“Mayors throughout America are the government of first resort,” argues former Miami Mayor Manny Diaz, but “they have also become the government of last resort” (p. 201). Miami Transformed recounts how Diaz confronted challenges in one of America’s most‐diverse cities at a moment of major transformation (2001–2009). His tone is conversational and the analysis often simplistic. But faced with global challenges and federal dysfunction, his unalloyed confidence in cities and mayoral capacity is worth considering.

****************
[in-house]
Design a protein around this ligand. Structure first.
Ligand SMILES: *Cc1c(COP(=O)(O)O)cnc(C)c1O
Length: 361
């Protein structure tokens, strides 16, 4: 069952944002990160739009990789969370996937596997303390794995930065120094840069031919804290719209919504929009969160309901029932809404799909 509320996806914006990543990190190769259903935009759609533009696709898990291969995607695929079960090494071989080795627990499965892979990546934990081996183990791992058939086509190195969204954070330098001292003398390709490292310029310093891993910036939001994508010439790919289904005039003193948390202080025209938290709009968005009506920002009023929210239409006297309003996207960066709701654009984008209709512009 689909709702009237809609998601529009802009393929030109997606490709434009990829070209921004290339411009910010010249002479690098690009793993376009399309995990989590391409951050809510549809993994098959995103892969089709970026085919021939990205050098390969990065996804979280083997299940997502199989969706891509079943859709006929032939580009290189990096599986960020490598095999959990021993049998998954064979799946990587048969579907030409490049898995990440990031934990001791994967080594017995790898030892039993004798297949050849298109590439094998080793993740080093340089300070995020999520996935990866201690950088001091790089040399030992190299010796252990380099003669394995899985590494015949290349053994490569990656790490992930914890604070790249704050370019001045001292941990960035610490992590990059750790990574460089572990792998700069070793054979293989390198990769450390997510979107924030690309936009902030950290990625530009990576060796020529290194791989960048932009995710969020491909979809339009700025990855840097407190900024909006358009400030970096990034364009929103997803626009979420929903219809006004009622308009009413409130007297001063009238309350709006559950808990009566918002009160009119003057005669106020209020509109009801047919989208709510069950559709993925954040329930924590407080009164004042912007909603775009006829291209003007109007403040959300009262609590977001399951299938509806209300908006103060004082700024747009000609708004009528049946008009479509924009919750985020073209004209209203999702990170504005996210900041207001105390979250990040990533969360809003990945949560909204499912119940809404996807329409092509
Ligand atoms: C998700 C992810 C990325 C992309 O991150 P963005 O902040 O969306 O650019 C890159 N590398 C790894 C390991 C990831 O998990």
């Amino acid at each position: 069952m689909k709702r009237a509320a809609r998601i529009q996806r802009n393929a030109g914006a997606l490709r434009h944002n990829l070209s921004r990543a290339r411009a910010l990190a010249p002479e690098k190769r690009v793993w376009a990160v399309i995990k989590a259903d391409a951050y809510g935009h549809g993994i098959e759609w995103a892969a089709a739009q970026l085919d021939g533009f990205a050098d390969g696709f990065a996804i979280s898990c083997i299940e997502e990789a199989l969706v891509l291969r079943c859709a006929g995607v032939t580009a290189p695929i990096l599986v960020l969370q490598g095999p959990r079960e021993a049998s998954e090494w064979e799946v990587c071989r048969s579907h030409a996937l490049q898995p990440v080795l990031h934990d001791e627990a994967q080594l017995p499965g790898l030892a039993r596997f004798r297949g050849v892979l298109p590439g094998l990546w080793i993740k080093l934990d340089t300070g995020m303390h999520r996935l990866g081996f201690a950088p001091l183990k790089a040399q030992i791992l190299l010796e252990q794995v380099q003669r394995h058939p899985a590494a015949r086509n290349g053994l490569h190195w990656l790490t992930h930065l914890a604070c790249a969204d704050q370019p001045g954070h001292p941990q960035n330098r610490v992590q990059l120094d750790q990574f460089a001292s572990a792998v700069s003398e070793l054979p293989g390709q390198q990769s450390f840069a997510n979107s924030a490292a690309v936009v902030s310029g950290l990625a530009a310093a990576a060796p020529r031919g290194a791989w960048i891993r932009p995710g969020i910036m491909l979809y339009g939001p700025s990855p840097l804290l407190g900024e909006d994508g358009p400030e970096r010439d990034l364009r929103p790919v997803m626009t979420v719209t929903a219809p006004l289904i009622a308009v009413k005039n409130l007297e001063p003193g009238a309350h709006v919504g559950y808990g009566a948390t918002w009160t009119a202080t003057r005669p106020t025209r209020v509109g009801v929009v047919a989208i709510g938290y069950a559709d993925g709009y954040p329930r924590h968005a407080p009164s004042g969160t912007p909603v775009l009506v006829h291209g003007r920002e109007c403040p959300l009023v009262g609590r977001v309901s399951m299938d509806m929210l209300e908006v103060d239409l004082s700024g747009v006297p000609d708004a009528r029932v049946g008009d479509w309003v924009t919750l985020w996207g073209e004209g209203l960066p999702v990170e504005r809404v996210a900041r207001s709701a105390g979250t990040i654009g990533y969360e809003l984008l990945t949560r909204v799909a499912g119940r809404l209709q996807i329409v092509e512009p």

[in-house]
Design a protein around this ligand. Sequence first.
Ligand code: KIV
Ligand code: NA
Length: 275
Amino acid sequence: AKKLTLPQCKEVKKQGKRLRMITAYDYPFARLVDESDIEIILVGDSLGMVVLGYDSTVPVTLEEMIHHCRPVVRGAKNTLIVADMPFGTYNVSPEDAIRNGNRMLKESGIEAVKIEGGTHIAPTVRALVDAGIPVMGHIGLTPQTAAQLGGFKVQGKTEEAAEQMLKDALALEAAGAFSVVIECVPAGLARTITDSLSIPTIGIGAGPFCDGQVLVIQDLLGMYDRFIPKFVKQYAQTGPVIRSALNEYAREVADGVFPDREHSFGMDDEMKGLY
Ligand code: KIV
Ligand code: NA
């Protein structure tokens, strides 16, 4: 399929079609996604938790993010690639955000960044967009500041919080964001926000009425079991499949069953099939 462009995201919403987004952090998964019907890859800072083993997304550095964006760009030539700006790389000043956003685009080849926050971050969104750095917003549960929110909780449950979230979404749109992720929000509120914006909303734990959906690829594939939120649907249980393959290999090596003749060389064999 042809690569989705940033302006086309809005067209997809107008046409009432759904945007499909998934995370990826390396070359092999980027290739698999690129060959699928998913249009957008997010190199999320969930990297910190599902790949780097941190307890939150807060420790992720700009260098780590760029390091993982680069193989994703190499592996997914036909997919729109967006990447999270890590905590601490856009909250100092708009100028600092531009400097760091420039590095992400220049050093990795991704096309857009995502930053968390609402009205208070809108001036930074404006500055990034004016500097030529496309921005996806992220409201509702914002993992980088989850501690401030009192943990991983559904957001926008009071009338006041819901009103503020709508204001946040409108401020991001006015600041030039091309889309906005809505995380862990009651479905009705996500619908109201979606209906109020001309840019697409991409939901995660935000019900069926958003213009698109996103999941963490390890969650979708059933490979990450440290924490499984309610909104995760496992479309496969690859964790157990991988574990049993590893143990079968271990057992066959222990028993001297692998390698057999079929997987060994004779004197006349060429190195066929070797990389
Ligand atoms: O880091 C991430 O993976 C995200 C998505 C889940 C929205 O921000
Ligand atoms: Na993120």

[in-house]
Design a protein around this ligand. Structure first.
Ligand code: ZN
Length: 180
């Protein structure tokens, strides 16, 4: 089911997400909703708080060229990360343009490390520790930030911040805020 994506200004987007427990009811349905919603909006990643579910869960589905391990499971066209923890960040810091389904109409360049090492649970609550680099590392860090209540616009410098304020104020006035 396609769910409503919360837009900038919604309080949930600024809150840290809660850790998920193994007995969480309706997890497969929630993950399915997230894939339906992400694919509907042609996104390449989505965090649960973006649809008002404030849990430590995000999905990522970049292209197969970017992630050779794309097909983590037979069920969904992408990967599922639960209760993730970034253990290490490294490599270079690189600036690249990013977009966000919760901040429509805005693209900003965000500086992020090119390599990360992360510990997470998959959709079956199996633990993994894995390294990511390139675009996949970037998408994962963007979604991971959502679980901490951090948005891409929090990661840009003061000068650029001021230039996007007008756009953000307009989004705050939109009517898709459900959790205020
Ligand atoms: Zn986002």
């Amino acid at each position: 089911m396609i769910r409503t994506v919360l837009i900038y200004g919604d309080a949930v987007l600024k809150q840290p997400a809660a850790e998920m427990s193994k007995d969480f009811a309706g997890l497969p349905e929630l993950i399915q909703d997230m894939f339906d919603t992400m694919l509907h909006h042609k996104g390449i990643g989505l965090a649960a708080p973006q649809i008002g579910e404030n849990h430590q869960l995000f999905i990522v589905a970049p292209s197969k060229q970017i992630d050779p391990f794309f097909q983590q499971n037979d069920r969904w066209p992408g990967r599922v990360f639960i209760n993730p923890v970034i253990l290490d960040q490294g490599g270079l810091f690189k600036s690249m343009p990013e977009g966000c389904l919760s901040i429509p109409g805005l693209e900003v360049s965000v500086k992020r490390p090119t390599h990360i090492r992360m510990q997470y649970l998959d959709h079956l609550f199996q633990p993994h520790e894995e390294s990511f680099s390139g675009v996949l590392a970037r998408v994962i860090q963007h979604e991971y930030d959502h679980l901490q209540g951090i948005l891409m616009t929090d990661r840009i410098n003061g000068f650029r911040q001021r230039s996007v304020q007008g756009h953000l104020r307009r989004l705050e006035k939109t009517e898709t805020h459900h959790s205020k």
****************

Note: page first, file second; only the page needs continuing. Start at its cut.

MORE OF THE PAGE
Miami Transformed is at once autobiography, political memoir, and manifesto. Written for a general audience, it feels like campaign material (Diaz has explored running for statewide office). It traces a classic immigrant tale of his family’s exile from Cuba in 1961 and growing up in Miami’s Little Havana. But while his parents and their generation “were focused on change in Cuba,” for Diaz “many in my generation focused on change in Miami” (p. 31). Diaz’s early activities centered on key issues of the time: diversity and legislative redistricting, the growing role of exit polling (which he introduced to the future Univision), and fund‐raising and the “ground game.” His primary career is as a lawyer, a
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